Union Pacific opposes firm's plan to revive Tennessee Pass route

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WASHINGTON — Union Pacific says federal regulators should not allow a firm controlled by New York City real estate magnates to poach its long-dormant route over Tennessee Pass using a legal maneuver designed to preserve rail service.

UP will formally oppose KCVN LLC and Colorado Pacific Railroad LLC’s plan to acquire the 228-mile former Denver & Rio Grande Western line in Colorado, UP wrote in a short letter to the Surface Transportation Board on Monday.

In a feeder line application filed with federal regulators last month, KCVN and Colorado Pacific said they would buy the Tennessee Pass route for its liquidation value of $8.8 million, down from a $10 million offer they made to UP in November.

UP in December declined Colorado Pacific’s offer and said it was in active discussions with another party who wants to restore service on the line.

“The Tennessee Pass Line is simply not an appropriate target for a feeder line application,” UP’s general attorney, Jeremy Berman, wrote to the STB. “The feeder line process was created to preserve rail service to existing shippers. It is meant to prevent railroads from allowing active rail lines to fall into such a state of disrepair that shippers can no longer ship via rail.”

KCVN and Colorado Pacific’s plan does not follow “either the letter or the spirit of the feeder line application procedure,” Berman wrote.

UP says it is unaware of shipper complaints about service on active portions of the route or of demands for service on mileage that has been mothballed since 1997.

Nonetheless, UP has been in “promising discussions” with another interested potential operator of the line, Berman told the STB. The railroad will provide additional details about the negotiations, and the name of the interested party, in a formal filing subject to a protective order.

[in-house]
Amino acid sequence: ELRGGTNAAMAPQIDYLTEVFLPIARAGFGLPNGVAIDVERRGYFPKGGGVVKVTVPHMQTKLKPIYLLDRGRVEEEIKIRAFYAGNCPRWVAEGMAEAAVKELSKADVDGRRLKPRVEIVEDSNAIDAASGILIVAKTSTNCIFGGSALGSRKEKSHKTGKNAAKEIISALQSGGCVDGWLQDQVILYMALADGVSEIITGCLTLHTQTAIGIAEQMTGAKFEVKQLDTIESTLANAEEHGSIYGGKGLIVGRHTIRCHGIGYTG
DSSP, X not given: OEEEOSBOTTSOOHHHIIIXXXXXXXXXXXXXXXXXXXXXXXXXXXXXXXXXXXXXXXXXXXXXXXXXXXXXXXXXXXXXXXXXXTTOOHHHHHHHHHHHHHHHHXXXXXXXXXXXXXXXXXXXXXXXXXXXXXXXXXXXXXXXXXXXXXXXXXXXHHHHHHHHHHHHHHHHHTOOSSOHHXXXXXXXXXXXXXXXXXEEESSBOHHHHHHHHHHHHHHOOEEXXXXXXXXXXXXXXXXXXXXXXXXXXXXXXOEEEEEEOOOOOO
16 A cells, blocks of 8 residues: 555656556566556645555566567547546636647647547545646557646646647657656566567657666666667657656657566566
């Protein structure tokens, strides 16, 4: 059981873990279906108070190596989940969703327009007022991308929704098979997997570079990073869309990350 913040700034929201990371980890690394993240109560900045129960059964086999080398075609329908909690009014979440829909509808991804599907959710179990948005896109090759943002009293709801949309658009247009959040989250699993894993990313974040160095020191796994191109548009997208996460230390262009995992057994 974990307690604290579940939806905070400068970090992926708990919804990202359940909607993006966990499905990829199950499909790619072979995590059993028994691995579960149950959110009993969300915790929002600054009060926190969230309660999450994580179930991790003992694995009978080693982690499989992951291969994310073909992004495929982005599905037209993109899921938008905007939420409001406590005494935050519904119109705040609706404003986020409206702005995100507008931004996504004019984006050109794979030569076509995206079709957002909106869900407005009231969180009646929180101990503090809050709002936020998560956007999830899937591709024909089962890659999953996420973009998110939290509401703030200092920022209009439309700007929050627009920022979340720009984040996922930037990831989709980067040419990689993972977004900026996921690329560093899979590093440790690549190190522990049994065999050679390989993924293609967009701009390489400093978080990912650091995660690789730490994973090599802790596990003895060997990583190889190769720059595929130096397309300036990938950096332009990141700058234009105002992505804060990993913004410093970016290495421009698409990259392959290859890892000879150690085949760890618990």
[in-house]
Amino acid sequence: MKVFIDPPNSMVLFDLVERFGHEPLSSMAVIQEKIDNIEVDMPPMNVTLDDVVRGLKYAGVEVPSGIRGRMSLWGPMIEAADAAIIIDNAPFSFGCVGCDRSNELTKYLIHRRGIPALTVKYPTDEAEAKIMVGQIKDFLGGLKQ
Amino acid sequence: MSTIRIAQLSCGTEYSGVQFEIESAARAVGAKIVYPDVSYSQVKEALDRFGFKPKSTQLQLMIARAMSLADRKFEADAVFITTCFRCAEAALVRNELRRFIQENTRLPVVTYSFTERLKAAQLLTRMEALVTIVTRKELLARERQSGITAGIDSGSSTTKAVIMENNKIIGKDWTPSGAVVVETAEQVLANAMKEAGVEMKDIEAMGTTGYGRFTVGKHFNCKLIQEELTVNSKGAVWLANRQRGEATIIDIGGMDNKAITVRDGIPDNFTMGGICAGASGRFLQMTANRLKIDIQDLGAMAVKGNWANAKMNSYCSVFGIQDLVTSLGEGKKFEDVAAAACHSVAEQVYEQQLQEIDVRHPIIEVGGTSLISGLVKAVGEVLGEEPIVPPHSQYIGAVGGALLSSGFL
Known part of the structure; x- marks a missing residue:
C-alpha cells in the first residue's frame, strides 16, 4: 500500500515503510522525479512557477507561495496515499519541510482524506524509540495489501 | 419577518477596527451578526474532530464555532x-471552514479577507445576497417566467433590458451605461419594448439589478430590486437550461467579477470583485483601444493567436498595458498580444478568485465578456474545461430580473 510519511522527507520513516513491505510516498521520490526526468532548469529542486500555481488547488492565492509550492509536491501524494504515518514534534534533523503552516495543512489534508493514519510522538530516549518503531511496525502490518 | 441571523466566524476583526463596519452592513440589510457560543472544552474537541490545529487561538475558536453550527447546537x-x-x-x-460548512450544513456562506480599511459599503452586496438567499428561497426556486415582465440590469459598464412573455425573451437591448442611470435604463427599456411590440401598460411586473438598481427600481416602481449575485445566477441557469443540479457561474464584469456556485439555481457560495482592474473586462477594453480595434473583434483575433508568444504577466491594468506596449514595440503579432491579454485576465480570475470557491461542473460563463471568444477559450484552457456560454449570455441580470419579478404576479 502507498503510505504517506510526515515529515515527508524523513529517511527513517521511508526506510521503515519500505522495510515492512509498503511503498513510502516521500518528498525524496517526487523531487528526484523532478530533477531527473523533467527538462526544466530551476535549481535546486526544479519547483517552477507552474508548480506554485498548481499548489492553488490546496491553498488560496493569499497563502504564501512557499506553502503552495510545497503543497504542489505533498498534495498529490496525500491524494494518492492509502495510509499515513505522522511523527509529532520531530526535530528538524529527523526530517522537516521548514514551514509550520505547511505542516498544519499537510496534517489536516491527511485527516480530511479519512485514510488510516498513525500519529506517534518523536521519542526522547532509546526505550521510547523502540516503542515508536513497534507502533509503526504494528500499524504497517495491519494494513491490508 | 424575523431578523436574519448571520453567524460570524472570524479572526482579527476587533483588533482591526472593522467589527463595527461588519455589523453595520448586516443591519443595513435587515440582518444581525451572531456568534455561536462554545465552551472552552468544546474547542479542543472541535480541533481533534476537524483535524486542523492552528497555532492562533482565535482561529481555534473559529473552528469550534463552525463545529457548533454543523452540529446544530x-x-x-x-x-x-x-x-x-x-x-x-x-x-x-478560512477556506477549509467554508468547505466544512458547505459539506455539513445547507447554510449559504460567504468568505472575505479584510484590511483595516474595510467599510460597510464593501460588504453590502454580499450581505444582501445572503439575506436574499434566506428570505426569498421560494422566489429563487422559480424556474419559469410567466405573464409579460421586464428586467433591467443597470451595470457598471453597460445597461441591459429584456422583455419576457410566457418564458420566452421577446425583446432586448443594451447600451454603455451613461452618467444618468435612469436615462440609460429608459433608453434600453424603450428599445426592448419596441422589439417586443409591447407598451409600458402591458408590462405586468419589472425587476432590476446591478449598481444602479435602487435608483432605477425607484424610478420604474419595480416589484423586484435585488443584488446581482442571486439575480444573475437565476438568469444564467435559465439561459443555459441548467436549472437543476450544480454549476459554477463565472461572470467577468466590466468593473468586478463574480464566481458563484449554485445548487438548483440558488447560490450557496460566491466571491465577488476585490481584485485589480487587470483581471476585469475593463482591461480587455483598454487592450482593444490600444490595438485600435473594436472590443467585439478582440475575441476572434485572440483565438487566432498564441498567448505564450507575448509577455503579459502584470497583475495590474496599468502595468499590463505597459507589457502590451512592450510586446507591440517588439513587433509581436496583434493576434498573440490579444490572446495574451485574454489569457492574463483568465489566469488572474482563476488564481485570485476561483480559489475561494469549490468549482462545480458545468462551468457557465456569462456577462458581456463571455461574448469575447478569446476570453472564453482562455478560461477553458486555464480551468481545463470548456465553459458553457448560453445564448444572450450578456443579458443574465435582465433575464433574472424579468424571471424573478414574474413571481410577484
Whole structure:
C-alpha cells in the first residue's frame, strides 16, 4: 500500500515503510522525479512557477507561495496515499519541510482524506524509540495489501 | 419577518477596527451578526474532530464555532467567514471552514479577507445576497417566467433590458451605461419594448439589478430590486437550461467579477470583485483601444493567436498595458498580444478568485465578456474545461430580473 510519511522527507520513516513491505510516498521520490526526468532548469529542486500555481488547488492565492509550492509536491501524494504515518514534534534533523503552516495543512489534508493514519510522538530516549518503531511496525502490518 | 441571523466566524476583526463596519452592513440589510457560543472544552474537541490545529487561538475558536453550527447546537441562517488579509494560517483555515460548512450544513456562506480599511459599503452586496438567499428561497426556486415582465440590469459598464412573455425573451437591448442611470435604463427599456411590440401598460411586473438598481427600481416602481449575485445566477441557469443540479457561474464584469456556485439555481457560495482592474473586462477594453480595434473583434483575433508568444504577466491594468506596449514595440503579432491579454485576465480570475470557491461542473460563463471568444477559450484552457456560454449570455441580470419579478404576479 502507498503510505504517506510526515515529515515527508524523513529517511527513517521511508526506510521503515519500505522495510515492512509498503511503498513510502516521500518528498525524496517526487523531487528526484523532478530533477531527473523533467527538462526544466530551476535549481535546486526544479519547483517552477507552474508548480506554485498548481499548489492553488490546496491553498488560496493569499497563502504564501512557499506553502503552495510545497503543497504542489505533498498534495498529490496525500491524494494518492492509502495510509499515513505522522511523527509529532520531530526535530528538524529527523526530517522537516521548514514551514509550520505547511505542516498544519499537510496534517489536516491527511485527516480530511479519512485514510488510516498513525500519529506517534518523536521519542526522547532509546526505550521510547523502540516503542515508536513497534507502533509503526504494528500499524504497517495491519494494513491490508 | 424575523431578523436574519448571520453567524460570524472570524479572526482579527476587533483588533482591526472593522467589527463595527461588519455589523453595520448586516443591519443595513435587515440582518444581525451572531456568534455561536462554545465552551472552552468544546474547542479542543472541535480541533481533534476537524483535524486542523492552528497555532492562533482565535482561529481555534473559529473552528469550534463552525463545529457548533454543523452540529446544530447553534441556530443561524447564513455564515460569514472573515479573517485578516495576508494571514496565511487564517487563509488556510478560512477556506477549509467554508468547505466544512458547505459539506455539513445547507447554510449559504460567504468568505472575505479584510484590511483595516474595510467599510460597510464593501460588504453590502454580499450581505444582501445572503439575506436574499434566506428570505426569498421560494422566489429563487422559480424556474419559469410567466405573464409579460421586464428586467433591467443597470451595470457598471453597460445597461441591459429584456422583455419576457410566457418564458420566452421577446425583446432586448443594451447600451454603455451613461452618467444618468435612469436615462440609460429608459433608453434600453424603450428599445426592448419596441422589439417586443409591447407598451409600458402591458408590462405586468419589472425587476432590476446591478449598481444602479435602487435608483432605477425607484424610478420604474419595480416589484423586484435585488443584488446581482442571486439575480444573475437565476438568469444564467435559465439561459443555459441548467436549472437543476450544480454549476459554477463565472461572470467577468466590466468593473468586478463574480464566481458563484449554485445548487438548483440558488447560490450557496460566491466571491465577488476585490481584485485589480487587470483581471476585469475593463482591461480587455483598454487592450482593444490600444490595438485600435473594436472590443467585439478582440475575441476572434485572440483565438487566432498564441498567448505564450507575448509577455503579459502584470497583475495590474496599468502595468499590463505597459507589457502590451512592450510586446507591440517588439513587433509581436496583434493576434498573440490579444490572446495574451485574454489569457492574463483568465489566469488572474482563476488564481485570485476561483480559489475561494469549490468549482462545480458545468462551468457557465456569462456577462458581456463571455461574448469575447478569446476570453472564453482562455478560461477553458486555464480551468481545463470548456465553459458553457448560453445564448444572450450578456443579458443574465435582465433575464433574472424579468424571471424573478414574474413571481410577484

The Tennessee Pass line is not needed as a through route for Rocky Mountain traffic, UP says. The railroad’s trio of main lines — the Central Corridor through Moffat Tunnel, the Overland Route, and the Sunset Route — are all superior, UP notes, citing the burdensome 3% grade over Tennessee Pass.

KCVN and Colorado Pacific in 2018 successfully used a feeder line application to gain control of the 121.9-mile Towner Line in Eastern Colorado. Last year Colorado Pacific spent $3.5 million to restore the line to 25-mph operation and next month plans to resume regular service on the line.

A sale of the Tennessee Pass line to Colorado Pacific would create a nearly 400-mile route extending from Towner, Colo., to Dotsero, Colo., that would provide grain and mining shippers with a shortcut to Utah and the West Coast, KCVN says in its filing.

Colorado Pacific would spend $278 million to bring the Tennessee Pass route back to Federal Railroad Administration Class 2 track standards that would permit 25 mph operation.

KCVN is controlled by New York real estate developer Sheldon Solow and his son, Stefan Soloviev, who reverted to the traditional spelling of the family’s name.

Soloviev, who controls Colorado Pacific, has extensive land holdings in the West totaling more than 350,000 acres, including cropland in Colorado, Kansas, and New Mexico. His companies, which operate under the name Crossroads Agriculture, own grain elevators in eastern Colorado and western Kansas.
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